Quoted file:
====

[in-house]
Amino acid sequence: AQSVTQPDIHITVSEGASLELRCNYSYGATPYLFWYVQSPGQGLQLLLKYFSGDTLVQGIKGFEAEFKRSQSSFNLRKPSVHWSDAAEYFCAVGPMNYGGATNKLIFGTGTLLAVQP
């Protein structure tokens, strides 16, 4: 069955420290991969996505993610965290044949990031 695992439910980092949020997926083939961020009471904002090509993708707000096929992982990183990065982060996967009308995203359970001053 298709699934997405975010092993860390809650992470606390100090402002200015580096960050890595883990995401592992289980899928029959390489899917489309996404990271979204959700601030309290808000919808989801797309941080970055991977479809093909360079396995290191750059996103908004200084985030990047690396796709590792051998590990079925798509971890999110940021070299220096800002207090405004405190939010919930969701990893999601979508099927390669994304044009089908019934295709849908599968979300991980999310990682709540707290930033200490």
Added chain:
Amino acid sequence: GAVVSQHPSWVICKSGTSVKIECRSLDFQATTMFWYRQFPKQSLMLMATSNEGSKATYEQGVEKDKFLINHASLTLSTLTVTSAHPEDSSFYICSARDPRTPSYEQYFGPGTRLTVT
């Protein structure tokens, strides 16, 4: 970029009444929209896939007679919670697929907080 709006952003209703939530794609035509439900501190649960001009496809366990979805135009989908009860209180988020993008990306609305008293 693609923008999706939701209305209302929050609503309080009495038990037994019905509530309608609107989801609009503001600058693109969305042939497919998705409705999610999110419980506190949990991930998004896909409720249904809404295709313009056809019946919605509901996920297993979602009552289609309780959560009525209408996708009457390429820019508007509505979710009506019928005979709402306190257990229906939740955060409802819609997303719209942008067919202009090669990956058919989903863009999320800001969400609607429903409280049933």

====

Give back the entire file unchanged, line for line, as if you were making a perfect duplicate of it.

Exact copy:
[in-house]
Amino acid sequence: AQSVTQPDIHITVSEGASLELRCNYSYGATPYLFWYVQSPGQGLQLLLKYFSGDTLVQGIKGFEAEFKRSQSSFNLRKPSVHWSDAAEYFCAVGPMNYGGATNKLIFGTGTLLAVQP
């Protein structure tokens, strides 16, 4: 069955420290991969996505993610965290044949990031 695992439910980092949020997926083939961020009471904002090509993708707000096929992982990183990065982060996967009308995203359970001053 298709699934997405975010092993860390809650992470606390100090402002200015580096960050890595883990995401592992289980899928029959390489899917489309996404990271979204959700601030309290808000919808989801797309941080970055991977479809093909360079396995290191750059996103908004200084985030990047690396796709590792051998590990079925798509971890999110940021070299220096800002207090405004405190939010919930969701990893999601979508099927390669994304044009089908019934295709849908599968979300991980999310990682709540707290930033200490």
Added chain:
Amino acid sequence: GAVVSQHPSWVICKSGTSVKIECRSLDFQATTMFWYRQFPKQSLMLMATSNEGSKATYEQGVEKDKFLINHASLTLSTLTVTSAHPEDSSFYICSARDPRTPSYEQYFGPGTRLTVT
């Protein structure tokens, strides 16, 4: 970029009444929209896939007679919670697929907080 709006952003209703939530794609035509439900501190649960001009496809366990979805135009989908009860209180988020993008990306609305008293 693609923008999706939701209305209302929050609503309080009495038990037994019905509530309608609107989801609009503001600058693109969305042939497919998705409705999610999110419980506190949990991930998004896909409720249904809404295709313009056809019946919605509901996920297993979602009552289609309780959560009525209408996708009457390429820019508007509505979710009506019928005979709402306190257990229906939740955060409802819609997303719209942008067919202009090669990956058919989903863009999320800001969400609607429903409280049933």